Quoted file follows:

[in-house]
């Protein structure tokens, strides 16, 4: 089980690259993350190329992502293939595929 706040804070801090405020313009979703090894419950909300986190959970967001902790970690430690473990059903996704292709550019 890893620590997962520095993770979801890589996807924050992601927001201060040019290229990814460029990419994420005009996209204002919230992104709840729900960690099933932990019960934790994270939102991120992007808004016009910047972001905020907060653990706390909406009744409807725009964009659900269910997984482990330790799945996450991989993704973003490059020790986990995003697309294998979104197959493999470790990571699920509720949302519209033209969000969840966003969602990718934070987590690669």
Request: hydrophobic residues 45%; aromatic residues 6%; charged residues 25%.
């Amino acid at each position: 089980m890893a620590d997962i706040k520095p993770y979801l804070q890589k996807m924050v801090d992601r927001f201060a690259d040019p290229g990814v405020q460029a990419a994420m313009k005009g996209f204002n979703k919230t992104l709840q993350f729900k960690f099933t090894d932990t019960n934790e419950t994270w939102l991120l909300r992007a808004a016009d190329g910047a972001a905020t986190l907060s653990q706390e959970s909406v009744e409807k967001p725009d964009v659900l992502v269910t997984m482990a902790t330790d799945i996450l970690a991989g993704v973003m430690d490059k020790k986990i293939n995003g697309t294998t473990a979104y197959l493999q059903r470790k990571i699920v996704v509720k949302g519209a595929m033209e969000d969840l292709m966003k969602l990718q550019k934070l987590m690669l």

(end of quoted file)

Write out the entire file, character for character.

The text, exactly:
[in-house]
């Protein structure tokens, strides 16, 4: 089980690259993350190329992502293939595929 706040804070801090405020313009979703090894419950909300986190959970967001902790970690430690473990059903996704292709550019 890893620590997962520095993770979801890589996807924050992601927001201060040019290229990814460029990419994420005009996209204002919230992104709840729900960690099933932990019960934790994270939102991120992007808004016009910047972001905020907060653990706390909406009744409807725009964009659900269910997984482990330790799945996450991989993704973003490059020790986990995003697309294998979104197959493999470790990571699920509720949302519209033209969000969840966003969602990718934070987590690669």
Request: hydrophobic residues 45%; aromatic residues 6%; charged residues 25%.
């Amino acid at each position: 089980m890893a620590d997962i706040k520095p993770y979801l804070q890589k996807m924050v801090d992601r927001f201060a690259d040019p290229g990814v405020q460029a990419a994420m313009k005009g996209f204002n979703k919230t992104l709840q993350f729900k960690f099933t090894d932990t019960n934790e419950t994270w939102l991120l909300r992007a808004a016009d190329g910047a972001a905020t986190l907060s653990q706390e959970s909406v009744e409807k967001p725009d964009v659900l992502v269910t997984m482990a902790t330790d799945i996450l970690a991989g993704v973003m430690d490059k020790k986990i293939n995003g697309t294998t473990a979104y197959l493999q059903r470790k990571i699920v996704v509720k949302g519209a595929m033209e969000d969840l292709m966003k969602l990718q550019k934070l987590m690669l």